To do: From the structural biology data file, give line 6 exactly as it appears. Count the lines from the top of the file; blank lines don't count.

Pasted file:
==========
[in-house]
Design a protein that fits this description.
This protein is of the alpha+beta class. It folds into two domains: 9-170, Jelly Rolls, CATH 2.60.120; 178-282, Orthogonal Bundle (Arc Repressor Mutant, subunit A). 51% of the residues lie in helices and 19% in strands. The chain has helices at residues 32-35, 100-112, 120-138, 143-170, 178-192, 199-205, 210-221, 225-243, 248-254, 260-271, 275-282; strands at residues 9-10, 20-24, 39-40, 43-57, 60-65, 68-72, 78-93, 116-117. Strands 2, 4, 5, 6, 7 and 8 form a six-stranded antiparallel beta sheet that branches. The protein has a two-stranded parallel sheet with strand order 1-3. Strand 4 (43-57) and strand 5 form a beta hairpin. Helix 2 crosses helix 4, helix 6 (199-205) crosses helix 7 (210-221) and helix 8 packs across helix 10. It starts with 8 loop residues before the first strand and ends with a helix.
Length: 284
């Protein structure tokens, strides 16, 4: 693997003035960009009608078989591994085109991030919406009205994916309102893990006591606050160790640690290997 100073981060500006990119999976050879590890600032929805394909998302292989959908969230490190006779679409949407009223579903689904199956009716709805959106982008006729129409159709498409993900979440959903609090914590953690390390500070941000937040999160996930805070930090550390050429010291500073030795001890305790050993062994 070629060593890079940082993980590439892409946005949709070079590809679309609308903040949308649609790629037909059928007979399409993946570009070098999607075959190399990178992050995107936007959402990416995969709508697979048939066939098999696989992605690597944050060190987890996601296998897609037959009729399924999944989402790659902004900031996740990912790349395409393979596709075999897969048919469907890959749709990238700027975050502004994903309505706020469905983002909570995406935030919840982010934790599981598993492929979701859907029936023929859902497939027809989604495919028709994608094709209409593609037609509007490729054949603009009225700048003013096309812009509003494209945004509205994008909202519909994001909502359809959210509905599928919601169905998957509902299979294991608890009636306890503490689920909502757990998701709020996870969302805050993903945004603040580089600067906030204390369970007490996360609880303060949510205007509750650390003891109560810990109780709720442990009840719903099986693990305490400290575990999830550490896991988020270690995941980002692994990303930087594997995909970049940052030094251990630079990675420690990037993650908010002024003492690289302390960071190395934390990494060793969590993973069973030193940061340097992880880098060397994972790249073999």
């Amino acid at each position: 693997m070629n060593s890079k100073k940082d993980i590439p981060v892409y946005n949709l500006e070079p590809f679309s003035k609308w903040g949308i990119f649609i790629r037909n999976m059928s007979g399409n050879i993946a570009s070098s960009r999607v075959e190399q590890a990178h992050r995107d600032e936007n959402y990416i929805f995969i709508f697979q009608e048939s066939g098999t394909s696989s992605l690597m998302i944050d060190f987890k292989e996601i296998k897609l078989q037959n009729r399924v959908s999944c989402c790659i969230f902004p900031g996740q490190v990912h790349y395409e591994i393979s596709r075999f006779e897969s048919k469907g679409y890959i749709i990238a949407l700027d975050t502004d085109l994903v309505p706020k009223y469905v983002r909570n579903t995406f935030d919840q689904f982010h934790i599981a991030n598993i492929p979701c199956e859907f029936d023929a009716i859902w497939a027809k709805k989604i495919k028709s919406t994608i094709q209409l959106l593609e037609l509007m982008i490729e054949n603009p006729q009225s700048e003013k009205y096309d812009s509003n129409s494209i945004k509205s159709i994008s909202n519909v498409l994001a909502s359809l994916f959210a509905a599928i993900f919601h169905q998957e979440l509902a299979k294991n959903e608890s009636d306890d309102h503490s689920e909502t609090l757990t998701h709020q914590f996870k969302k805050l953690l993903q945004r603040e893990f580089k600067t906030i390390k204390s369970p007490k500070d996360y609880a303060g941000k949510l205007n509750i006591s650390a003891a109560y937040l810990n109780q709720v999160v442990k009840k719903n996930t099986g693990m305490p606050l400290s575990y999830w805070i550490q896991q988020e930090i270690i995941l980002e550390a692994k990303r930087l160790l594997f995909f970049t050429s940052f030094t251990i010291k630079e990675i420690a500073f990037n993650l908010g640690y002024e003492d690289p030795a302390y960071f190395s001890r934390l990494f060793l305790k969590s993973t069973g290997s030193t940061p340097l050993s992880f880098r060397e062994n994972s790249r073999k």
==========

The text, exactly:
């Amino acid at each position: 693997m070629n060593s890079k100073k940082d993980i590439p981060v892409y946005n949709l500006e070079p590809f679309s003035k609308w903040g949308i990119f649609i790629r037909n999976m059928s007979g399409n050879i993946a570009s070098s960009r999607v075959e190399q590890a990178h992050r995107d600032e936007n959402y990416i929805f995969i709508f697979q009608e048939s066939g098999t394909s696989s992605l690597m998302i944050d060190f987890k292989e996601i296998k897609l078989q037959n009729r399924v959908s999944c989402c790659i969230f902004p900031g996740q490190v990912h790349y395409e591994i393979s596709r075999f006779e897969s048919k469907g679409y890959i749709i990238a949407l700027d975050t502004d085109l994903v309505p706020k009223y469905v983002r909570n579903t995406f935030d919840q689904f982010h934790i599981a991030n598993i492929p979701c199956e859907f029936d023929a009716i859902w497939a027809k709805k989604i495919k028709s919406t994608i094709q209409l959106l593609e037609l509007m982008i490729e054949n603009p006729q009225s700048e003013k009205y096309d812009s509003n129409s494209i945004k509205s159709i994008s909202n519909v498409l994001a909502s359809l994916f959210a509905a599928i993900f919601h169905q998957e979440l509902a299979k294991n959903e608890s009636d306890d309102h503490s689920e909502t609090l757990t998701h709020q914590f996870k969302k805050l953690l993903q945004r603040e893990f580089k600067t906030i390390k204390s369970p007490k500070d996360y609880a303060g941000k949510l205007n509750i006591s650390a003891a109560y937040l810990n109780q709720v999160v442990k009840k719903n996930t099986g693990m305490p606050l400290s575990y999830w805070i550490q896991q988020e930090i270690i995941l980002e550390a692994k990303r930087l160790l594997f995909f970049t050429s940052f030094t251990i010291k630079e990675i420690a500073f990037n993650l908010g640690y002024e003492d690289p030795a302390y960071f190395s001890r934390l990494f060793l305790k969590s993973t069973g290997s030193t940061p340097l050993s992880f880098r060397e062994n994972s790249r073999k």